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Theories of gender_inequalities


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  • 1. Gender Inequalities Theories of Gender Inequality
  • 2. Theories of Gender Inequality
    • Most of the material below is from Haralambos,N. & Holborn,R.
    • “ Themes and Perspectives in Sociology”
    • 2004
    • 1) The Functionalist Murdock argued that the sexual division of labour (men do this, women do that) derives from the hunter-gathering period of history. (which ceased around what is now Turkey & Iraq approx 10,000 years ago-KB)
  • 3. Theories of Gender Inequality
    • 2) Parsons, also a Functionalist, gave what is essentially a biological reason, namely that women are best at such tasks as socialisation because they give birth and are thus “naturally” suited to look after children.
    • 3) In Psychology, in the 1950’s, Bowlby argued for “maternal deprivation”. Stay with you young children or else they would become criminals. So they we are. History, Biology and Psychology concluded that women should do the housework and childcare.
  • 4. Theories of Gender Inequality
    • 4) Oakley’s main point, ( a Feminist) apart from some anthropology which shows that gender roles are not as fixed as these writers assume, was that the mother-housewife role is a cultural construction . (In other areas the slightly broader term is used – a social construction .) It was produced in the latter half of the 19 th . Century. (See Oakley notes on “Housewife” 1974)
  • 5. Theories of Gender Inequality
    • 5) The social construction of male and female roles comes about, argues Oakley, through,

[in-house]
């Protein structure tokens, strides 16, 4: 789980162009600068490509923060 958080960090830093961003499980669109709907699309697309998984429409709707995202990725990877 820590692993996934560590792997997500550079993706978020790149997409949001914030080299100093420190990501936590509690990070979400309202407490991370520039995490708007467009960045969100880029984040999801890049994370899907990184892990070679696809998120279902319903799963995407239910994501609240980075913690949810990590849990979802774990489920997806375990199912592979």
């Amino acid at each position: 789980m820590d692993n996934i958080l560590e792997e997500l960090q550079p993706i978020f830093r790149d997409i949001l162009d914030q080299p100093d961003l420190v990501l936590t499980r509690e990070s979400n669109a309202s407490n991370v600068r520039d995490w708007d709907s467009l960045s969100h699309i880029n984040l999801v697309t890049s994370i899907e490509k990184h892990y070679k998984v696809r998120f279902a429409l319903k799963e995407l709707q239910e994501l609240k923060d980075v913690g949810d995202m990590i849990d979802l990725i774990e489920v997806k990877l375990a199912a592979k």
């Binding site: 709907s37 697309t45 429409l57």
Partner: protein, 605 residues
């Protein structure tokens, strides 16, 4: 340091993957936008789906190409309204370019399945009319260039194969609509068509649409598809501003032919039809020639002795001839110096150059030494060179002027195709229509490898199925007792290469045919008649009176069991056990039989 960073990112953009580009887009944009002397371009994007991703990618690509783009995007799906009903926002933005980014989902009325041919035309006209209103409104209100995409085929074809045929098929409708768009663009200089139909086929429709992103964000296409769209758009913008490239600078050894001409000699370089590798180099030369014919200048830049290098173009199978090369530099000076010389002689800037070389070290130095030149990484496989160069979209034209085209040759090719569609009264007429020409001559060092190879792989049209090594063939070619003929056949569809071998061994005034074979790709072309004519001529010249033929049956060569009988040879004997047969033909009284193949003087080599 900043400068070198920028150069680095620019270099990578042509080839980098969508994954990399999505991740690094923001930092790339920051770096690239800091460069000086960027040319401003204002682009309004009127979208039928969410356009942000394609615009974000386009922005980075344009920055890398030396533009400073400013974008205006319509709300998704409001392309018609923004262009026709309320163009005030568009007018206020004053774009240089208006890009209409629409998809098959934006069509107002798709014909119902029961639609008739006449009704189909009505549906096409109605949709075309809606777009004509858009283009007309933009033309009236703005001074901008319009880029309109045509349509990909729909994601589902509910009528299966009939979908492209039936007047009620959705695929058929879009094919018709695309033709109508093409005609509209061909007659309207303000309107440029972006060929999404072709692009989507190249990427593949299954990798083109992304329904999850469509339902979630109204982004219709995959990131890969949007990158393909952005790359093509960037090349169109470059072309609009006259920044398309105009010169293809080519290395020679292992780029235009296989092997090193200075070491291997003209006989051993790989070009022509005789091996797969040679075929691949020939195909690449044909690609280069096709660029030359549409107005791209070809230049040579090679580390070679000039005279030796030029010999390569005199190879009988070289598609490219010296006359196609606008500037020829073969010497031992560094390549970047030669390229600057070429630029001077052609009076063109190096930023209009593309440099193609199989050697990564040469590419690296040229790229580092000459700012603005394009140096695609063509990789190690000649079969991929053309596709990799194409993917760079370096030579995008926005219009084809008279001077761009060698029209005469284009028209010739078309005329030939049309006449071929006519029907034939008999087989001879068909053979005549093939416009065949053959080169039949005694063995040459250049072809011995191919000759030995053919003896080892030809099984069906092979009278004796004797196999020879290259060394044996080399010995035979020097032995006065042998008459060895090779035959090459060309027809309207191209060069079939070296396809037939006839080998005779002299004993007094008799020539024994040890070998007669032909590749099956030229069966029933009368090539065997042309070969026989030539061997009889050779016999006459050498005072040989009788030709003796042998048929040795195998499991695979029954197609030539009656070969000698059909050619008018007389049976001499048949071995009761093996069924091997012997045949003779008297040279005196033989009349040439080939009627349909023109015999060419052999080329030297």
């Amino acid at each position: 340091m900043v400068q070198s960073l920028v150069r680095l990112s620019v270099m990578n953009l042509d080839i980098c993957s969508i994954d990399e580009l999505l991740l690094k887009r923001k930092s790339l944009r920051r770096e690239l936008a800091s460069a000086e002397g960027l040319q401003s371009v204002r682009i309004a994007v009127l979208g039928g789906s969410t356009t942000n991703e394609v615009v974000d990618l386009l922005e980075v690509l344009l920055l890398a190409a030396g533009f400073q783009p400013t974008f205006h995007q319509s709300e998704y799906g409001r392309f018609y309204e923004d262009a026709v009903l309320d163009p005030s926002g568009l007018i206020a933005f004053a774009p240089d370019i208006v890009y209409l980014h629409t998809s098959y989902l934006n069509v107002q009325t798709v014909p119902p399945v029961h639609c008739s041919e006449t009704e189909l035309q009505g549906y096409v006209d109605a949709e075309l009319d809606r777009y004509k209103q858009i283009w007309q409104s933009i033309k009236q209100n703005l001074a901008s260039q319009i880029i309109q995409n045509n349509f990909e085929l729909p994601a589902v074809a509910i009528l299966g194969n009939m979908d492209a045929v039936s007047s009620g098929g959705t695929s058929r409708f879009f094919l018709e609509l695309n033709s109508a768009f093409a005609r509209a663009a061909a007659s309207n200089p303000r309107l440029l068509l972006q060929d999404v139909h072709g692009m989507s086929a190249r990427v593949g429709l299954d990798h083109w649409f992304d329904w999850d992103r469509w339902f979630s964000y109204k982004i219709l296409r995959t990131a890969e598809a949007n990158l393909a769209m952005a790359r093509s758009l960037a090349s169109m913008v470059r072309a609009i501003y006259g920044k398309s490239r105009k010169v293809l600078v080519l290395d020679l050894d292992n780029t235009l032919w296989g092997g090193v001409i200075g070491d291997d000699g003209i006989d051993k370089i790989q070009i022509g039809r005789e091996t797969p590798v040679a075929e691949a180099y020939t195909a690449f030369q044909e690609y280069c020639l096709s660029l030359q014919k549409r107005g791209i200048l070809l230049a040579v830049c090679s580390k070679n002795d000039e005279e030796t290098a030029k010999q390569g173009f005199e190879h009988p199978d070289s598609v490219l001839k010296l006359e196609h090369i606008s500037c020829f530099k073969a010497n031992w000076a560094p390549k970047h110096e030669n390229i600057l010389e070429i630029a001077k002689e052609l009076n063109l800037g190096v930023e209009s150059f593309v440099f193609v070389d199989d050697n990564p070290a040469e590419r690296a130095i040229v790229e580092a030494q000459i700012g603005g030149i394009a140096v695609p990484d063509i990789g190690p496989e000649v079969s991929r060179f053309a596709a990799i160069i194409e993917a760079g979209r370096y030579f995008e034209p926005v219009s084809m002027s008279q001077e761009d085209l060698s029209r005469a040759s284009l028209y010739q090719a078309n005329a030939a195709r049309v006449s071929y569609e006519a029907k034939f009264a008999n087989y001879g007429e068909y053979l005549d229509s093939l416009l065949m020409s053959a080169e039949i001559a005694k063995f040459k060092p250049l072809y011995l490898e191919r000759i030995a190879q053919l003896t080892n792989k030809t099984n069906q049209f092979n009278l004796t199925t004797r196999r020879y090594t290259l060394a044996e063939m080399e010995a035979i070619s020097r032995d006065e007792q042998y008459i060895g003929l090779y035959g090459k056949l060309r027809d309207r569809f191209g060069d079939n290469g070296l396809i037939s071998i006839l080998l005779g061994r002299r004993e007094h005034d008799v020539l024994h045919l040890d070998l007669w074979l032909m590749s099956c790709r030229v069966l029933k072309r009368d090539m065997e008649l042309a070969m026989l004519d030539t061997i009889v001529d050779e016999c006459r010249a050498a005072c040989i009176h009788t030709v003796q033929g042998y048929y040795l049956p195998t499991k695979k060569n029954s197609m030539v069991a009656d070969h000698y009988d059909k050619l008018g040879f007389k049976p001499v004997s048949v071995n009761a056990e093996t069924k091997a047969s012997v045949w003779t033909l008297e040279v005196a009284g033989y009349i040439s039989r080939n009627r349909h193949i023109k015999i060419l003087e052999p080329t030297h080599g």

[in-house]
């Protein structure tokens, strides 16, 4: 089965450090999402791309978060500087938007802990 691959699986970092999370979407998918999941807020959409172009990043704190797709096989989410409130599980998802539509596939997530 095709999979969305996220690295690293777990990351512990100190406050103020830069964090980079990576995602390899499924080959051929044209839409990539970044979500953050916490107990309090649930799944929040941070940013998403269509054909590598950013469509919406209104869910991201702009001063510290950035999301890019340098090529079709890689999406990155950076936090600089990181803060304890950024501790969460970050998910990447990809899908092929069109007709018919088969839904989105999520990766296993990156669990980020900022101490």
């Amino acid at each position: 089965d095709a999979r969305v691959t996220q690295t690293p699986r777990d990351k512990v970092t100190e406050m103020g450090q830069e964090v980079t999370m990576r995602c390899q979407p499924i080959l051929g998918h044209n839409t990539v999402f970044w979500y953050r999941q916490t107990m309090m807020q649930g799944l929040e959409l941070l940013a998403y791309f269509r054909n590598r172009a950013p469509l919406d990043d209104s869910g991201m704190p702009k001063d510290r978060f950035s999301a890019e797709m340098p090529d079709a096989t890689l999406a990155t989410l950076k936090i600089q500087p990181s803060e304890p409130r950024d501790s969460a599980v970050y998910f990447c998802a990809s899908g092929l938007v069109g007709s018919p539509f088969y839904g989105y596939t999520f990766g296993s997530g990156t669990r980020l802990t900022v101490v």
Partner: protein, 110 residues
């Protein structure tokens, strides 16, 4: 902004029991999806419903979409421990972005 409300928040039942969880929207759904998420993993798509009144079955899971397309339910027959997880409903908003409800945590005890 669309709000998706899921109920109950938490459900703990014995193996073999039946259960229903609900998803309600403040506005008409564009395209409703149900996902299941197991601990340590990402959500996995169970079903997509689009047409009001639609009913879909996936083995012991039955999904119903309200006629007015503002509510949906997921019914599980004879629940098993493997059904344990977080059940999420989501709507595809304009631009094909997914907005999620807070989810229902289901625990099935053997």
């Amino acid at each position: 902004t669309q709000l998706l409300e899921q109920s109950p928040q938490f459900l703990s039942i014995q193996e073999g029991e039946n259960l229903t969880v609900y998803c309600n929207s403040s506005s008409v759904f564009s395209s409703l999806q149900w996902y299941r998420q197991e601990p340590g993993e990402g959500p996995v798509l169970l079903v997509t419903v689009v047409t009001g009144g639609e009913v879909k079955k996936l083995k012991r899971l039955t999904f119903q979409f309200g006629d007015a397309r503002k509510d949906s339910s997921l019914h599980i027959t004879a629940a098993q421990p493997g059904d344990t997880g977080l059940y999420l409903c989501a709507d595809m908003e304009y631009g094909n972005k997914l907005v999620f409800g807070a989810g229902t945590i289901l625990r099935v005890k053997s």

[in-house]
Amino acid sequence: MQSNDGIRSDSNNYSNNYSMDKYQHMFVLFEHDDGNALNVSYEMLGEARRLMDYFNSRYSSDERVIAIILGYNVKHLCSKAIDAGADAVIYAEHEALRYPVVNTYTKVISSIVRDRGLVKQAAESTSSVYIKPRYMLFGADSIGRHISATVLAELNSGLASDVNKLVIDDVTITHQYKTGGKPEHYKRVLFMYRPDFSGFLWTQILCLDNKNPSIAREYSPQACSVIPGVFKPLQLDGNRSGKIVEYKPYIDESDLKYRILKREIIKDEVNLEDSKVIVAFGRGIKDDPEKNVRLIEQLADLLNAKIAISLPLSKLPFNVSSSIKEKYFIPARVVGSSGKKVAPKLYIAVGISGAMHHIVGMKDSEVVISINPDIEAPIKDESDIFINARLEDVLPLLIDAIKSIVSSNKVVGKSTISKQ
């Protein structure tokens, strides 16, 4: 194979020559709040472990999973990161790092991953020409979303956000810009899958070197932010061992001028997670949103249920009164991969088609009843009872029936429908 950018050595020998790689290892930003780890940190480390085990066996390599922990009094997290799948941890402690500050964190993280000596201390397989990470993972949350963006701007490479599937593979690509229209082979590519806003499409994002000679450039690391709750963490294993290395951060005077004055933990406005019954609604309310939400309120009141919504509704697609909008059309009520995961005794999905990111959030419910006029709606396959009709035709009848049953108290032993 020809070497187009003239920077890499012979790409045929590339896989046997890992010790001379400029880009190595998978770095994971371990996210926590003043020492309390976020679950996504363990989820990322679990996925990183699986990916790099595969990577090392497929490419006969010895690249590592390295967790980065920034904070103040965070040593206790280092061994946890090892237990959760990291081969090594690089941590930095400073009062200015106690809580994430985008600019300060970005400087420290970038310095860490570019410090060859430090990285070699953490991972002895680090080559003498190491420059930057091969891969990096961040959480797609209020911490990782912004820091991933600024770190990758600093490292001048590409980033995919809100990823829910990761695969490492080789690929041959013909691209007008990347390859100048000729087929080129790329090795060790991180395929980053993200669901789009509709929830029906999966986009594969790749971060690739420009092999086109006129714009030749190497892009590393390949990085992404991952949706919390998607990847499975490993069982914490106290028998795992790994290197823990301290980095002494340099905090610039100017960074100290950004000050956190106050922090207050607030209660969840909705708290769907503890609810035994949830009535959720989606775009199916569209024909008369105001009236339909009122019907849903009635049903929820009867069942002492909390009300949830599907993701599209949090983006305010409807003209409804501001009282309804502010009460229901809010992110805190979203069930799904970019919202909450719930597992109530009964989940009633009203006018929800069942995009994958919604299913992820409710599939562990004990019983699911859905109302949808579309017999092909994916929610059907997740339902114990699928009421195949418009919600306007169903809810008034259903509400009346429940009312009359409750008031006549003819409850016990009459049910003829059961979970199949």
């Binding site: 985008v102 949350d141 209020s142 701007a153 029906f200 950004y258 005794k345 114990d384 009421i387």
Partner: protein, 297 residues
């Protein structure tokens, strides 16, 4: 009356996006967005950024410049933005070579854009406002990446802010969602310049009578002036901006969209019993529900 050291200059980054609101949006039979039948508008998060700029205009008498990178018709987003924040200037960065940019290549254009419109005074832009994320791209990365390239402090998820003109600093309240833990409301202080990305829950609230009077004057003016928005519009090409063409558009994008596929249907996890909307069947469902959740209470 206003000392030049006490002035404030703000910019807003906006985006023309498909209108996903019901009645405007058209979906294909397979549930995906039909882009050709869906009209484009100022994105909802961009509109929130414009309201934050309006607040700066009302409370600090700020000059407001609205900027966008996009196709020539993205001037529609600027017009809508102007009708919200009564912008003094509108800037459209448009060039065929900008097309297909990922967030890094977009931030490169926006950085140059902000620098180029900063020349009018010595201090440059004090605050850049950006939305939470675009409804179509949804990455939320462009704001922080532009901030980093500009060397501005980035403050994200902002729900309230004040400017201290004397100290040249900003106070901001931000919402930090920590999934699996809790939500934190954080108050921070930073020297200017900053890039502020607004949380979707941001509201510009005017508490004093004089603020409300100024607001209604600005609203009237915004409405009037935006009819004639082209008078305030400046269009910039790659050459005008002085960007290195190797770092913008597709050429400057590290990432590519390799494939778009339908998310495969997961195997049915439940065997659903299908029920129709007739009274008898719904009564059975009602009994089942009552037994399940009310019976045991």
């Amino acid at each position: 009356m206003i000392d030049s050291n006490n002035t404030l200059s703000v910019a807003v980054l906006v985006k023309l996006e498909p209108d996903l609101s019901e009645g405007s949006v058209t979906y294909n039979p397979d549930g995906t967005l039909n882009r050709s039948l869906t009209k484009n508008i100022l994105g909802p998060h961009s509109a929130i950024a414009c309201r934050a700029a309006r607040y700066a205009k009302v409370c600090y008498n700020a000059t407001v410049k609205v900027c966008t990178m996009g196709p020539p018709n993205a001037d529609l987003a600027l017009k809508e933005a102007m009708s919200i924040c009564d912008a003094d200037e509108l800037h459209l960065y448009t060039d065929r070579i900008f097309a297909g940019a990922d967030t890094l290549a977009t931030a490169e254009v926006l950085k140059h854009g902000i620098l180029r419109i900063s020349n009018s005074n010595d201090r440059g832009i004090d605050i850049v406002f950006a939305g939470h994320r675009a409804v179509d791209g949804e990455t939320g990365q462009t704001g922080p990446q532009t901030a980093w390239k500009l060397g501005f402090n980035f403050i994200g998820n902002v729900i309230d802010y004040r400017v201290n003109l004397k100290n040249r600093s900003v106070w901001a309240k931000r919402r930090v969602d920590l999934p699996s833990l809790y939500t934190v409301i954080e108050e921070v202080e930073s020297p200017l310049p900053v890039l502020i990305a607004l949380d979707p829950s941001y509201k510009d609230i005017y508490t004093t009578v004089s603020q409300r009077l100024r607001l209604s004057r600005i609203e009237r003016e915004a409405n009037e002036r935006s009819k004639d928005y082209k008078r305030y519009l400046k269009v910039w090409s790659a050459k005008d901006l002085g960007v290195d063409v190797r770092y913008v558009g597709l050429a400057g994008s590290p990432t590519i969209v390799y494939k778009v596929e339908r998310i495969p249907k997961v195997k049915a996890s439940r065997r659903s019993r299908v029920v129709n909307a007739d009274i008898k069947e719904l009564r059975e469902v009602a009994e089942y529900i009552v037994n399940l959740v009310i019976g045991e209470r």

• Manipulation – e.g. Dressing girls in dresses (often pink today. KB)
    • Canalisation – pointing girls and boys towards gender appropriate toys.
    • Verbal appellation – gender labelling
    • of appearance and tasks.
  • 6. Theories of Gender Inequality
    • 6) Oakley and others (e.g. Sharpe & McRobbie) point to the secondary socialisation which takes place via the mass media and youth sub-culture .
    • (Primary socialisation – inside the home
    • Secondary socialisation – outside the home) (One problem with media influences argument is that it difficult to explain those who reject this socialisation. KB)
  • 7. Theories of Gender Inequality
    • 7) There are different kinds of feminists who differ on
    • the origins of gender inequality,
    • why it still continues and
    • what is to be done about it.
    • One version is
    • Radical Feminists. The big idea here is patriarchy
  • 8. Theories of Gender Inequality
    • 8) Patriarchy is a system which systematically advantages men, i.e. more wealth, power (and….leisure time!)
    • Some Radical Feminists agree with the history as biology line of argument e.g. Firestone argued that biology (pregnancy etc.) led to women being dependent on men. Rowbotham argued that the concept of patriarchy used by writers such as Millett to explain all history was too vague.
  • 9. Theories of Gender Inequality
    • 9) Marxist-Feminists such as Benston uses the concept of reserve army of labour (See WW1 & WW2) Hartmann points out that capitalism might produce low paid jobs but this does not explain, by itself, why women take up these jobs.
    • We still need to use the notion of patriarchy (e.g. local factory which ran a 6.00pm – 10.00pm shift – who volunteered for this?)
  • 10. Theories of Gender Inequality
    • 10) Walby has argued that there is a difference between
    • Private patriarchy - the exploitation of women in the home, men benefit from women’s unpaid labour
    • Public patriarchy – the exploitation of women outside the home.
  • 11. Theories of Gender Inequality
    • 11) Postmodern (don’t ask! KB) feminism
    • rejects the notion of a gender which shares the same interests and instead emphasises the differences between groups of women e.g. lesbian versus heterosexual, younger women versus older women. Like most postmodernists, they want to improve the position of women by deconstructing masculine language.
  • 12. Theories of Gender Inequality
    • 12 Walby’s reply is to argue that this approach minimises the sharp edges of inequality (she uses the word oppression) where it is difficult to discern the use of male violence in relationships (there is usually one student per year on average affected by this), job segregation and the resultant low wages for women.